Ed Blogs & Newsletters

Escaping the Revision Trap

The kids in my upper-elementary writing workshops all hate revision. In fact, they seem to have blocked the word out of their Mindcrafty minds. Whenever I mention “revising,” I get blank stares. If I press the kids to jostle their memories, some might offer up explanations like, “That’s where you fix the red underlines.”

When I remind them that Grammarly is not going to save them here, that revision is something actual humans still need to do by hand and brain, that it’s way more about making m

Room 2 News

DonorsChoose Comes through for Room 2! A big thank you to our DonorsChoose donors, Nancy Benson and Claudia Cruz, for their generous gift of printer cartridges. The ink infusion will do wonders for our writing program! For kids in the upper elementary grades, the “final product” takes on real significance as they work their way through the writing process. Visualizing their names on the cover of a beautifully written and illustrated book keeps their eyes on the prize and the creative juices flowing.

8 Mentor Texts that Shine a Light on Tone & Setting —

Writing Sense of Sight? Let There Be Light!

A scene’s light (or its absence) shapes both tone and setting, builds tension and adds dimension to character.

What does a scene’s light expose? What does it hide? What glimmers? What fades?

For a quick background on chiaroscuro - the role of light and darkness - as a literary device, check out this post by screenwriter and novelist Tom Avitabile. Without darkness, he reminds us, there cannot be light.

But how do we distill something this shadowy w

Unlock Authentic Learning in Your Writing Workshop with this Revision Checklist Edit —

Over the years, my upper elementary writing workshop has featured dozens of revision checklists, and with each new iteration, I was sure I’d found the right chemistry. Ultimately, though, none of them ever amounted to more than a series of boxes to check. They were just too abstract for my young writers to grasp. Typical checklist questions like, “Does my writing make sense?” or “Are my words interesting?” don’t offer much guidance to kids who lack experience translating directions like these in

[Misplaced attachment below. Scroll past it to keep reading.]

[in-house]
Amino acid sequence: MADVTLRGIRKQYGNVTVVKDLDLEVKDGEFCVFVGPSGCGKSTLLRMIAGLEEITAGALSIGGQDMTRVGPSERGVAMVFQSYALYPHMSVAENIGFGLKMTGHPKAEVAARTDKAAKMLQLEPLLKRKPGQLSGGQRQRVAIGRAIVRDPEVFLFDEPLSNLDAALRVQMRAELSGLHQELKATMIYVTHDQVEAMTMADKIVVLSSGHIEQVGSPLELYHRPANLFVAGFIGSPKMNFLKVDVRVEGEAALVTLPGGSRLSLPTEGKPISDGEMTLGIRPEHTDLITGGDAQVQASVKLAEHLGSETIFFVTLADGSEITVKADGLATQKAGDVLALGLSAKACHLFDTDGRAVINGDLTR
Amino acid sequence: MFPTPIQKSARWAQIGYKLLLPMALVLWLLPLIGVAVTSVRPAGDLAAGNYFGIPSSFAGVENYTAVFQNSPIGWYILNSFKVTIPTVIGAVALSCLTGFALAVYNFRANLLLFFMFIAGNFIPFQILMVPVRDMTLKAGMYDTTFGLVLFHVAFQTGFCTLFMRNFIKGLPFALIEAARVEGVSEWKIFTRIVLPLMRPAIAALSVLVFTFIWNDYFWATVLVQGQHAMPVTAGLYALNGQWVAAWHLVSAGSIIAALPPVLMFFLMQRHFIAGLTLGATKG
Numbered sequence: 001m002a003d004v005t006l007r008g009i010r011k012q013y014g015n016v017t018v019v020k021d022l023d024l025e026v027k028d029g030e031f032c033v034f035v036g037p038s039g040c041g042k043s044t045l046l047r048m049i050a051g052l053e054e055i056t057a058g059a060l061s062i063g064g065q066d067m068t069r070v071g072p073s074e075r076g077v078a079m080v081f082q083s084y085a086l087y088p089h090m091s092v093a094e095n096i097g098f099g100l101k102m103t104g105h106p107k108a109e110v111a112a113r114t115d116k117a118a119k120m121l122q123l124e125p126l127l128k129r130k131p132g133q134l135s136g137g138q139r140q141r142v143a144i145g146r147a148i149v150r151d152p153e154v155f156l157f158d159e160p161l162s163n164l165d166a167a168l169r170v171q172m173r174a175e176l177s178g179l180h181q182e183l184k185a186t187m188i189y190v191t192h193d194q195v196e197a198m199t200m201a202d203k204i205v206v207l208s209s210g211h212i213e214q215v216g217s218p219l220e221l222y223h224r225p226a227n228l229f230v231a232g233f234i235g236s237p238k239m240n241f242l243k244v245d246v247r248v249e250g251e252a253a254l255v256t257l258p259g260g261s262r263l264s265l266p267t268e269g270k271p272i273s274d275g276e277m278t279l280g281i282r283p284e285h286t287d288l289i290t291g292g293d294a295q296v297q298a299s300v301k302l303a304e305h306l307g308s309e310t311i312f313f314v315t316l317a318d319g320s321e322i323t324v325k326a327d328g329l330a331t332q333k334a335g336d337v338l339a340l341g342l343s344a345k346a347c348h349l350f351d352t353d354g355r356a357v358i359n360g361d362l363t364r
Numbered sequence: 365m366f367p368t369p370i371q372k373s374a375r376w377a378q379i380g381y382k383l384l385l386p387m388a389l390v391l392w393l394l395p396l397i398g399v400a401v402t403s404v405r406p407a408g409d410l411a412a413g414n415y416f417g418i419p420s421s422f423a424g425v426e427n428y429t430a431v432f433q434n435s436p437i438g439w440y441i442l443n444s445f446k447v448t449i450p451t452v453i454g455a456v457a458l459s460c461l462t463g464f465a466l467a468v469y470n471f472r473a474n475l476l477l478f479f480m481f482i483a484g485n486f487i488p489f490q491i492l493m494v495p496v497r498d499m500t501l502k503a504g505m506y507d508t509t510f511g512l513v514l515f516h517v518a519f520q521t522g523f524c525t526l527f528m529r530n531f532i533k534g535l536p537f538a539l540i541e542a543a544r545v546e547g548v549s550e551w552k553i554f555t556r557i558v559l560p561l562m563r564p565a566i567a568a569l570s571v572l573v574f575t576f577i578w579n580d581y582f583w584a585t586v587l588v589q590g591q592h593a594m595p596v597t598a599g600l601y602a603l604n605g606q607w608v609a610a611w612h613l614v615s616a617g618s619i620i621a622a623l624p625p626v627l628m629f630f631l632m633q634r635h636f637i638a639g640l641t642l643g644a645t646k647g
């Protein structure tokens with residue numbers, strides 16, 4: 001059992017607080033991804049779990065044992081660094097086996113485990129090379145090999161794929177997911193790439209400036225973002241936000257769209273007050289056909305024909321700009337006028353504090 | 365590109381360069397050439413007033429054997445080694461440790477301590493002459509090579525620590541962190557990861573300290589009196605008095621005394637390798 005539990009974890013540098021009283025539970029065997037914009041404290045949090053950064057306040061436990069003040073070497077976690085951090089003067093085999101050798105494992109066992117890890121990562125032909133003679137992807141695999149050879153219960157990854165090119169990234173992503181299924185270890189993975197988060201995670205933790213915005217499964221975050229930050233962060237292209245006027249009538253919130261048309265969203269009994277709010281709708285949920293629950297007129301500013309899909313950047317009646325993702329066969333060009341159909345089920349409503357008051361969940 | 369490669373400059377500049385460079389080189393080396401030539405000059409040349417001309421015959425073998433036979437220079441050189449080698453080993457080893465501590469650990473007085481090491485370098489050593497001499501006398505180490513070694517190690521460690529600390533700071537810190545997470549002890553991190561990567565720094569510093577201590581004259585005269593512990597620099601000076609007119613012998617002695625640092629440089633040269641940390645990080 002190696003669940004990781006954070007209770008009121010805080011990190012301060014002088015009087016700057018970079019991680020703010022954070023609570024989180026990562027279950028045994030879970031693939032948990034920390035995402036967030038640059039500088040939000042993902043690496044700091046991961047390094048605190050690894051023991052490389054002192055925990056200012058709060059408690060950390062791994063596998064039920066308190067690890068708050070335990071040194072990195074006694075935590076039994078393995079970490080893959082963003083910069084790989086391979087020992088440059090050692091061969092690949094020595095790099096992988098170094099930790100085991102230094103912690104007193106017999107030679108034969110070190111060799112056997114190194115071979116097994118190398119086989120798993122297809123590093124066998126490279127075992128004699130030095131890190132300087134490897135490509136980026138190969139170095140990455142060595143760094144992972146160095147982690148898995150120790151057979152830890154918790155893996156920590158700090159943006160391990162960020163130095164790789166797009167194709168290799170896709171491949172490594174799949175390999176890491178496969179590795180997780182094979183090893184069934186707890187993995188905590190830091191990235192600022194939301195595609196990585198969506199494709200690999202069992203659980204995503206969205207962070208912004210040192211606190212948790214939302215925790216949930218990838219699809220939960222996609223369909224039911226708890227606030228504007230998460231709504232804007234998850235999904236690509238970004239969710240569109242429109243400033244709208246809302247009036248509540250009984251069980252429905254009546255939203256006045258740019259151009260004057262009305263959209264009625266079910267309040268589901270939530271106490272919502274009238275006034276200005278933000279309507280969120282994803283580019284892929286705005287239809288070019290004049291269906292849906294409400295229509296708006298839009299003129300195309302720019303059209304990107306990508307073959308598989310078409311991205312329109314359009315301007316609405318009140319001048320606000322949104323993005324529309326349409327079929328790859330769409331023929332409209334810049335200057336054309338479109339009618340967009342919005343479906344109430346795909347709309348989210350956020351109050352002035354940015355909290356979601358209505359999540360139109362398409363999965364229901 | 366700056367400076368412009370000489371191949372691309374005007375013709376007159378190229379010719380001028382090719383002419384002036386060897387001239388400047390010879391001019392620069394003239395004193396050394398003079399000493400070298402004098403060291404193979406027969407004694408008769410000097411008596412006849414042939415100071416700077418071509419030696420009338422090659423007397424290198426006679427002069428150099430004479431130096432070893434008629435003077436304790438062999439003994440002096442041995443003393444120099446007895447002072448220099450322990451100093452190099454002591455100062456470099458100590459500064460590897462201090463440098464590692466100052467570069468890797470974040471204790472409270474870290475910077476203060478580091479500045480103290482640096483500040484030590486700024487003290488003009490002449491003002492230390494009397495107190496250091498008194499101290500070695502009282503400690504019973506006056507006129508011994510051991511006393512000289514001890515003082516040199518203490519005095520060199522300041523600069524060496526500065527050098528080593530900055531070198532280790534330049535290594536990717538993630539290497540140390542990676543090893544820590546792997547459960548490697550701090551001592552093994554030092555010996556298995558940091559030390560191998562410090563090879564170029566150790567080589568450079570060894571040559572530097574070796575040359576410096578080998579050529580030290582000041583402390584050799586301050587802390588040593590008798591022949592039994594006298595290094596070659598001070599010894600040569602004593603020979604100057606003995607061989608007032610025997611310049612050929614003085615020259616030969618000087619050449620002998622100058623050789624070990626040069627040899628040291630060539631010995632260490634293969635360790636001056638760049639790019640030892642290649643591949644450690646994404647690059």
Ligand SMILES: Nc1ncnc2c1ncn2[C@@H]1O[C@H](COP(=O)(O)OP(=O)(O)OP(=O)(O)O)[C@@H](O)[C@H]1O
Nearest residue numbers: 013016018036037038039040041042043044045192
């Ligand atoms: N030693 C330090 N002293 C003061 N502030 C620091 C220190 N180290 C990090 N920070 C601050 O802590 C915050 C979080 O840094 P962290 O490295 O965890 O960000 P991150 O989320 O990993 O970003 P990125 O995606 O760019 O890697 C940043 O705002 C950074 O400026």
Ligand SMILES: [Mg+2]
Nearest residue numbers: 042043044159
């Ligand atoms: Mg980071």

Sound Revision Strategies: Adjusting the Volume in Your Writing Workshop —

Is your teacher-quest for sensory details buried under an avalanche of adjectives? If this sounds like your writing workshop, read on for a sonic-powered escape plan. With an ear to honing sense of sound descriptions, this post will share strategies for guiding upper elementary & middle school writers through the revision process. Plus links to resources you can use in your class right away.

In this scene, we know there must be noise because there is an explosion, but explosions can sound lots

The Google Docs Table Feature: A Teacher's Swiss Army Knife

Here’s what the table actually looks like with borders showing so you can visualize (it’s actually only the left box that’s empty):

Once the table is set up, ask students to click their names and write responses in comments boxes, like this:

Workshopping student drafts--presenting works in progress for peer critique--is a key component of writing workshop, but it is also the most easily derailed. When I first started teaching, workshopping student writing meant an oral class discussion, often

The STEAM-Powered Writing Workshop

The writing workshop has been at the heart of my upper-elementary classroom since I began teaching years ago, but the tech tools my students use to publish their work have evolved with the times. In recent years, Plasq’s ComicLife has become an indispensable digital addition to my students’ writing toolkit. What, at first glance, may look like a few motivating bells and whistles has, for me, become essential and transformative. ComicLife is ideal for the differentiated classroom. I rely on it

A Concrete Approach to Teaching Revision: “Sensory Mapping” with Google Docs

After a writing conference with me about his opening, Daniel added the table below to map out the moment where his hero first acquires his superpowers. He began with boxes for each of the five senses, then zoomed in further on the sense of touch, adding a smaller table inside the sense of touch box where he wrote about how four of his hero’s individual body parts felt or reacted.

After adding details to his sensory map, Daniel then copied and pasted key sentences from his table into a unified p